PHPBridge: An Introduction & Self-Assessment

Earlier this year we announced that we would be working on an introductory curriculum, PHPBridge.

After many weeks of writing the curriculum, we presented the first version as the Lone Star PHP Conference Foundations track.

The curriculum is available for all at and on Github (though we’re still working on improving the teaching materials, so those will come as they are available).

The curriculum is written using the RailsBridge Sinatra app, which with some tiny modifications is working pretty well for our purpose.

It is intended that any one (or group) can take the curriculum and deliver the PHPBridge workshop on their own, to their own community, or at their own conferences. We still have some structure around the curriculum to put in place (teaching materials/guides) that will make it a lot easier to do so.

We would love any feedback and suggestions, or feel free to submit fixes and changes via pull request.


As you can see on our review page we still have a way to go before the curriculum is where we need it to be.

First, and most importantly, the curriculum was intended to last a single day, and actually filled two whole days — even then we ran short as we got a late start on day 2.

We built the curriculum to mirror our own learning process, from everything being separate files in the webroot, adding in Bootstrap 3 for some style, and then refactoring to a simple MVC application, with a router, controllers, models, a template engine and views, configuration system, and autoloading.

We unfortunately started the day with numerous installation issues, due to Windows hardware support, and though we got all but 2 of our attendees up and running (finally), it really bit in to our teaching time.

However, at the end of day one, we had completed a functioning, Bootstrap 3 styled app, and I’m proud to say that most everyone in the room had accomplished this successfully. It was a very natural point to end the first day.

While the organizers (and speakers) were gracious enough to let us use the speaker green room for the second day, we only had a few return — and though we did get through the rest of the content, obviously the goal is to have everyone complete the curriculum — especially as we felt this second half was the more important half.


First things first, we’re going to remove the Git section of the curriculum. While we absolutely adore git, and think learning it has immeasurable value, it isn’t something we can do justice to within the context of the workshop.

Secondly, we’re going to review our use of the command line, this tripped up several people, so we’re going to either increase the amount of up-front information on it, or reduce the usage of it.

Third, we’re going to evaluate the use of MySQL; is it worth requiring it (because that’s almost always what they will want to use moving forward) or should we just use SQLite. The move to SQLite, and a reduction in complexity, can remove the need for a VM entirely, and vastly simplify install.

Which brings us to our final point, that we need to work on the installfest. While we only had one (quickly resolved) issue on Mac OS X, our success rate with Windows is low enough that we need to both come up with an alternative (XAMPP or the like) as a fall back, or move away from the VM entirely.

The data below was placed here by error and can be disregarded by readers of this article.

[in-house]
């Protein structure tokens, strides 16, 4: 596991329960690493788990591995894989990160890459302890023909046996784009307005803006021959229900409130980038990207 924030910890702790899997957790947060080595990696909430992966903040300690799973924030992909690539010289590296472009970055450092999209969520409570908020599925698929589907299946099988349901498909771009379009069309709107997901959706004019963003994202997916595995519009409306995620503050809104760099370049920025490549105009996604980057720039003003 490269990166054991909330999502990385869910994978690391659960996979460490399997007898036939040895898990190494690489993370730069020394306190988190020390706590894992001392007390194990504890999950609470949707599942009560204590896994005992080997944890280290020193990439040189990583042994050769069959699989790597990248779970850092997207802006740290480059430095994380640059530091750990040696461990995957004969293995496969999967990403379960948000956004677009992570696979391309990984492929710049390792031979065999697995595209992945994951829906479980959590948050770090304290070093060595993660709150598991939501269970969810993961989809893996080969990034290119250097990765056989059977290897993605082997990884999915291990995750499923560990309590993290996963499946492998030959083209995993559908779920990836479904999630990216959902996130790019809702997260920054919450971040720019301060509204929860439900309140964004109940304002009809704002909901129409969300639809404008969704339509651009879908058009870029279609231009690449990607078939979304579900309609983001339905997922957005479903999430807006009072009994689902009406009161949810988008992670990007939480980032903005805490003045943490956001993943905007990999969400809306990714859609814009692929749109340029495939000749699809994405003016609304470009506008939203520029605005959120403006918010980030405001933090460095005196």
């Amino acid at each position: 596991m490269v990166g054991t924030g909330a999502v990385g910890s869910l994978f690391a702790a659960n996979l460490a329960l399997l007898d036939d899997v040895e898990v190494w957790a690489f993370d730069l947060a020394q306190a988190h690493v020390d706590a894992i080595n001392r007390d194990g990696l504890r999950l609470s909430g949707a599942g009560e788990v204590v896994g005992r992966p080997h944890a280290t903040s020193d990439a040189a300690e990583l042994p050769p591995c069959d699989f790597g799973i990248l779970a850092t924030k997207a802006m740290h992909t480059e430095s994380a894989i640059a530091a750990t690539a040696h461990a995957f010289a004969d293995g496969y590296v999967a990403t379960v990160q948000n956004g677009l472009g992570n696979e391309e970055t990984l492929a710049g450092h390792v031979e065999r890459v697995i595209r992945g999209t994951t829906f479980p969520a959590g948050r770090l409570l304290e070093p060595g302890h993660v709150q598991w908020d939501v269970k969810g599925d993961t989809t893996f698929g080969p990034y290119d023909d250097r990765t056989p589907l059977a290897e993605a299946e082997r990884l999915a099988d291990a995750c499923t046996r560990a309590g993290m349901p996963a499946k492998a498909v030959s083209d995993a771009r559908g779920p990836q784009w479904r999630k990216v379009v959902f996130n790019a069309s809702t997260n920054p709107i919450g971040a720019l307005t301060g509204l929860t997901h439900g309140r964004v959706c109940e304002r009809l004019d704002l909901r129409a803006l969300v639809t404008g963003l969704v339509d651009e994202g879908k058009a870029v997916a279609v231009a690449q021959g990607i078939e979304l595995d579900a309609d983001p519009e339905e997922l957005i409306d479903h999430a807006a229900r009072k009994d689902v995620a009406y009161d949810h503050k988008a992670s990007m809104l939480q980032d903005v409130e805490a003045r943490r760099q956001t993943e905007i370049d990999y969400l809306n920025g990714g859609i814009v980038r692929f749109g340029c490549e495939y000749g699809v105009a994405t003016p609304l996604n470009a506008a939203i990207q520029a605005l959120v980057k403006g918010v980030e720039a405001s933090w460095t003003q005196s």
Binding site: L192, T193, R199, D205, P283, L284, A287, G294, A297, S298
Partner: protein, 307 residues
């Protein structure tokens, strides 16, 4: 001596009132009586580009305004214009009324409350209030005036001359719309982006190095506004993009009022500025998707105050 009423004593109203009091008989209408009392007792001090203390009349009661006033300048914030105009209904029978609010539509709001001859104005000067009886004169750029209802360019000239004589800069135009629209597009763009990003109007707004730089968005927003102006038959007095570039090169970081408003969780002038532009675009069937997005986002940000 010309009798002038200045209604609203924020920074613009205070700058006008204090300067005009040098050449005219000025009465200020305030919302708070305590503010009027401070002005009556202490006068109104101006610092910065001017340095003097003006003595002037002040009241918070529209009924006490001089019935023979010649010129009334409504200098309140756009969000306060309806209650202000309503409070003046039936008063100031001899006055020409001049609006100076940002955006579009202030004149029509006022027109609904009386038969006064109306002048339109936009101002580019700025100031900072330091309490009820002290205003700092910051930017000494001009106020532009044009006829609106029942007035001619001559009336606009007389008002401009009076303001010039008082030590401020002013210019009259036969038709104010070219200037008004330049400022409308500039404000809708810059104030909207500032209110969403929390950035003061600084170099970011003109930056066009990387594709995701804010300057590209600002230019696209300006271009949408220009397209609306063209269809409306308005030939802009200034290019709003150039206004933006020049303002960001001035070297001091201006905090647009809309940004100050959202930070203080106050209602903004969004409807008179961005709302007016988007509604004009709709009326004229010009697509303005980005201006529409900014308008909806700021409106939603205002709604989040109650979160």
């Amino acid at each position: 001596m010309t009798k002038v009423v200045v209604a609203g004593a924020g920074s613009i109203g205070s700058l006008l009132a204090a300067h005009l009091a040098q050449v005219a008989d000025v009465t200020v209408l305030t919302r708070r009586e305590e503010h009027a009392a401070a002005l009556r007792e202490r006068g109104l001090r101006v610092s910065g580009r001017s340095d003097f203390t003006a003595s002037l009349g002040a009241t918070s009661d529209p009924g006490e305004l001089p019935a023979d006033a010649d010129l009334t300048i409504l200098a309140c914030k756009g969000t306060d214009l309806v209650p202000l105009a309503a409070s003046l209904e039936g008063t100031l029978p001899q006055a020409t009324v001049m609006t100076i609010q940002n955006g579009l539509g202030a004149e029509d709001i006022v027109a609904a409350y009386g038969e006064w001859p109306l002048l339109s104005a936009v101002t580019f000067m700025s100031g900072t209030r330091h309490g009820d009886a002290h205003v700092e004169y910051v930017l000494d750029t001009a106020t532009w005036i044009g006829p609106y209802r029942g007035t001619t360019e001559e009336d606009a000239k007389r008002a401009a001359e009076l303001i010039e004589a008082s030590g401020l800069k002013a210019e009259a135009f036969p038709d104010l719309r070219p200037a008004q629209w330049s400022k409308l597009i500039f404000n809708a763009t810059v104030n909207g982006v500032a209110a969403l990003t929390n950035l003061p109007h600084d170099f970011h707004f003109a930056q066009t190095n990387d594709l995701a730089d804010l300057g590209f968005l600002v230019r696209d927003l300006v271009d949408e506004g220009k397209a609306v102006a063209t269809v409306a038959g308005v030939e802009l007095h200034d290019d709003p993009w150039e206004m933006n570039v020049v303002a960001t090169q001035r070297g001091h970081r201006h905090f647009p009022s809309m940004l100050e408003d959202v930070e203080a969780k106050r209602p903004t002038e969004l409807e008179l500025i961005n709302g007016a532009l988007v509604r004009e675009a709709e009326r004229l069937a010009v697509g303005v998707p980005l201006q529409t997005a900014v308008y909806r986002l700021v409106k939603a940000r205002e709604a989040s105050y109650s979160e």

It’s abundantly obvious that this is a two-day workshop. That’s fine, and now we know, we’ll pitch it that way.

We have been approached by 3 user groups about delivering the curriculum, which is awesome.

We hope that we can start to bring this to more conferences as an additional track — either presenting it ourselves, or by them doing it.


I also managed to spend some time talking to Carina Zona who was involved in RailsBridge, and she gave me many things to think about, and act upon.

The most important take-away was that we should define our purpose, as it will guide the rest of the project — from curriculum, to teaching style.

So, here it is, our primary goal:

The primary goal for PHPBridge is to give inexperienced people the opportunity to learn to wield this tool they probably use every day for leisure. To empower and delight them by showing them that they can control this machine, and use it not only to browse the web, but to build it.

When making decisions for PHPBridge, we should always be focused on one thing: To empower and delight them.

If we work towards that outcome, things can only get better.

Posted in php, PHPBridge, Planet
One comment on “PHPBridge: An Introduction & Self-Assessment
  1. Dave Stokes says:

    I think you all did great. There were first time teething issues, especially with setting up the vargrant environment that will go faster with repetition.

    i think there is value in having an ‘an-inclusive’ LAMP stack programming class in PHP such as you are offering. I would leave in GIT as it is such a vital part of a PHpers world. AS for MySQL, I am trying to set my bias aside that comes with the job, and urge you to keep it as being part of the LAMP stack; maybe have another laptop in the room dedicated to running MySQL only that everyone can connect to.

    Consider having two or three loaner PCs for those who show up with laptops that end up being too hard to quickly get the VM running.

    The material is great, the staff is good, now all you all need to do is practice a few dozen times to smooth things out! :)

1 Pings/Trackbacks for "PHPBridge: An Introduction & Self-Assessment"
  1. […] Last weekend at the fantastic Lone Star PHP 2014, I (and 3 other awesome people) presented the inaugural PHPBridge tutorial. You can read more about how that went on the PHPWomen blog. […]

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